The U.S. Court of Appeals for the 9th Circuit recently told the government it may keep these records because they were “intermingled” with the records of the 10 original targets. But you need not worry about the privacy of your electronic records, as long as you are confident they have not been hanging with the wrong crowd. Then again, no one can be sure of that. According to the rule endorsed by the two-judge majority, wrote dissenting 9th Circuit Judge Sidney Thomas, the government “may seize, retain, and view all confidential records in any electronic database on which private data responsive to a warrant resides.” In effect, he said, this decision “removes confidential electronic records from the protections of the Fourth Amendment.”

The majority said people who object to a seizure after the fact can ask a magistrate to review the information and decide whether there is probable cause to retain it. But the magistrate can let the government keep records outside the scope of the warrant if he decides they cannot be removed “without creating new documents” or “without distorting the character of the original document.” More important, by letting the government seize first and answer questions later, this approach puts the burden of preventing an unreasonable seizure on people who may not even realize their records have been taken. In this case, along with information on baseball players, whose union challenged the seizure, the government took the medical records of players in 13 other sports organizations, participants in three athletic competitions, and employees of three businesses.

The government planned a wide search from the beginning. It initially obtained a grand jury subpoena demanding drug testing data for all Major League Baseball players. After Comprehensive Drug Testing and the players’ union objected, it switched to a much narrower subpoena focused on 11 players. When they said they planned to challenge that subpoena as well, it sought a search warrant from a different court. Federal agents chose not to isolate the information described in the warrant by performing an on-site database search. They also declined to submit the records to a magistrate for redaction. As a result, the government got what it wanted without having to ask for it. And then some. It has left open the possibility of using drug testing data on people who are not even baseball players.

The 9th Circuit’s loose treatment of “intermingled” data allows investigators to peruse the confidential electronic records of people who are not suspects, hoping to pull up something incriminating. It replaces a particularized warrant based on probable cause with a fishing license.

Link here.


Austria, Switzerland, Panama and several other countries have some of the world’s strongest bank secrecy laws. But the laws do not have any effect outside these countries’ borders. I was reminded of this a few days ago when I received an email message from a reader who wondered why I recommend never using a debit card in your own country that draws against a foreign bank account.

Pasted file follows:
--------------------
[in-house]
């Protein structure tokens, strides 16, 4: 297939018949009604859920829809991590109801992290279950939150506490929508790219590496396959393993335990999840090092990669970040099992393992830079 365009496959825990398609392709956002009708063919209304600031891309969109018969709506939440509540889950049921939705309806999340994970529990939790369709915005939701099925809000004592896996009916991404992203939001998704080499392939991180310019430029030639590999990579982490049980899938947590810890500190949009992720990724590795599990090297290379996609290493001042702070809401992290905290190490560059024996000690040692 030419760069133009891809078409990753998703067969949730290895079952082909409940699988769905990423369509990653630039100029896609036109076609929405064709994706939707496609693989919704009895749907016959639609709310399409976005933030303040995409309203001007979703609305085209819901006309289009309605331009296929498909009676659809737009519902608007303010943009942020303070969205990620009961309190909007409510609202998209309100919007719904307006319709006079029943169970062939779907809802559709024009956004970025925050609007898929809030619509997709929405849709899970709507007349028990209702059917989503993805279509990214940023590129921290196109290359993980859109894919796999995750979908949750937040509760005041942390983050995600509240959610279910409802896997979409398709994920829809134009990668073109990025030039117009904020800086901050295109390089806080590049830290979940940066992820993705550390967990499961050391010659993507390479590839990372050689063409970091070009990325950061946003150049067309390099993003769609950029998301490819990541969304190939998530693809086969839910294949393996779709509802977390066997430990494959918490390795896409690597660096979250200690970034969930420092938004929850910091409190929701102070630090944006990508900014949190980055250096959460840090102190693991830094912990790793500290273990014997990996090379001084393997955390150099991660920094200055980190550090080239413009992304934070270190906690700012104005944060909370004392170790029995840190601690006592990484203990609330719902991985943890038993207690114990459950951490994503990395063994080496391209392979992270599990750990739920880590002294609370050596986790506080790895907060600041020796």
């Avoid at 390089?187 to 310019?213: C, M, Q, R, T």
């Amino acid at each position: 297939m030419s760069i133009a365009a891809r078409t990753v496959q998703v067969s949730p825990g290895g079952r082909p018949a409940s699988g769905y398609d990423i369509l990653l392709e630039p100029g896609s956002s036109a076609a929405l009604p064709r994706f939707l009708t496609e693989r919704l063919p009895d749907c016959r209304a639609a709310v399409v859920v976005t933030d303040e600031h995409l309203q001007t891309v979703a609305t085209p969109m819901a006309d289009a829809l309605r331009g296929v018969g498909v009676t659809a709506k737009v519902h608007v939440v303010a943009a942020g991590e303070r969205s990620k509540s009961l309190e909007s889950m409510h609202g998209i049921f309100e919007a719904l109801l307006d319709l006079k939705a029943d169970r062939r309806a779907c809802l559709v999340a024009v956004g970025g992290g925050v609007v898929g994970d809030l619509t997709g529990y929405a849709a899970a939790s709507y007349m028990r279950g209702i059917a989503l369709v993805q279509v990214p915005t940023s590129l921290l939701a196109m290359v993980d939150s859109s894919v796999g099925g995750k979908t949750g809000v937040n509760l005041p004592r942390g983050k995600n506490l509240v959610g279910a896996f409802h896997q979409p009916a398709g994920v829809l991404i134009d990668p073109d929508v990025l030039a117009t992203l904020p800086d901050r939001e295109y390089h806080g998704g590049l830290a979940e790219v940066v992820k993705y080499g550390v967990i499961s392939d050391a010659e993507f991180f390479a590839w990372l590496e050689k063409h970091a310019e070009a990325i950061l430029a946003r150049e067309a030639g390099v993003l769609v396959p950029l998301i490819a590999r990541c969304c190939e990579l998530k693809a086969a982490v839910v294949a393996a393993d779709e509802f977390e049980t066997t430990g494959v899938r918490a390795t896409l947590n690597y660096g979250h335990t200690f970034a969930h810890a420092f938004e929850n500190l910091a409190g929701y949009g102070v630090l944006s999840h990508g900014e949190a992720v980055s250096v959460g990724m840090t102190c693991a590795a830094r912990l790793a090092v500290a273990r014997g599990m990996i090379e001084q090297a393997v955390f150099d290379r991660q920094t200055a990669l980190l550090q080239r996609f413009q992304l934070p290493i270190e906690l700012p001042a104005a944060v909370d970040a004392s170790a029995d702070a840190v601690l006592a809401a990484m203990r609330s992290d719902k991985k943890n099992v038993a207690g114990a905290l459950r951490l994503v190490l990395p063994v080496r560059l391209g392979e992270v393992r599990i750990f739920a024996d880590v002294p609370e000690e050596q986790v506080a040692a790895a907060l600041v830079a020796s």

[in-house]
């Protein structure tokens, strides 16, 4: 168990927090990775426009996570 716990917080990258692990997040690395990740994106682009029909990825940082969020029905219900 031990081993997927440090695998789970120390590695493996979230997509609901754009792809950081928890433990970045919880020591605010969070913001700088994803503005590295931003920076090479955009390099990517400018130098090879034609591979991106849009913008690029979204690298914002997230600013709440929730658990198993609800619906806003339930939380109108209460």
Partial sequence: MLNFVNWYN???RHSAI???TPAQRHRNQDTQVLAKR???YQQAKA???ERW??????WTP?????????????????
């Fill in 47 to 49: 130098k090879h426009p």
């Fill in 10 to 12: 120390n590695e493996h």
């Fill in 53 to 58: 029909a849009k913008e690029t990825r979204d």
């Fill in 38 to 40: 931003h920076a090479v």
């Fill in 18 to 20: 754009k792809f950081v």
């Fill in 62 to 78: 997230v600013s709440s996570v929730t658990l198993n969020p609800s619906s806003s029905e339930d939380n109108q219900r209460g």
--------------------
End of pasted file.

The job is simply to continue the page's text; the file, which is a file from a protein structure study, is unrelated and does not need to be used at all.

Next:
The problem arises because while the bank records from a country such as Austria may be confidential, the records from whatever domestic company clears the debit card transactions may not be. If there are a large enough number of domestic transactions to pave a trail back to “you”, it is relatively easy to prove that you are the person connected to the card. And there goes your privacy!

In the U.S., the IRS has issued blanket “John Doe” subpoenas of hundreds of millions of debit card records from domestic clearing firms. Thousands of people have been audited and dozens have been sent to jail for tax evasion. So if you value your financial privacy, minimize any transactions in your own country with your offshore bank.

Link here (scroll down).


Any system that encrypts your entire hard drive is overkill for most PC users. I prefer encrypted safes, which are files that contain encrypted folders and files. To the outside world, a safe looks like a big file filled with gobbledygook. Open a safe with its password, and you reveal a virtual drive holding your sensitive data. When you are done and you close the safe, the data reverts to gobbledygook. Safes are easy to use, transportable from one PC to another, and a breeze to back up. I recommend the free open-source safe program TrueCrypt, which supports multiple heavy-duty encryption algorithms. TrueCrypt can even place your safe inside another safe.

No encryption is secure with an easy-to-guess password. Safest is a string of 20 or more apparently random letters and numbers. But how do you remember such a password? Make up an easy-to-remember but impossible-to-figure-out formula of family names, birthdays, and memorable words. For instance, use your kids’ names spelled backward, with every third letter capitalized, followed by your birthday squared. Be sure, however, not to use a formula that has been printed in PC World. Here are more tips on crafting secure passwords. Write the password or the formula on a business card and carry it in your wallet. It is unlikely that someone will steal your wallet and your PC, and even less likely that they will figure the card out.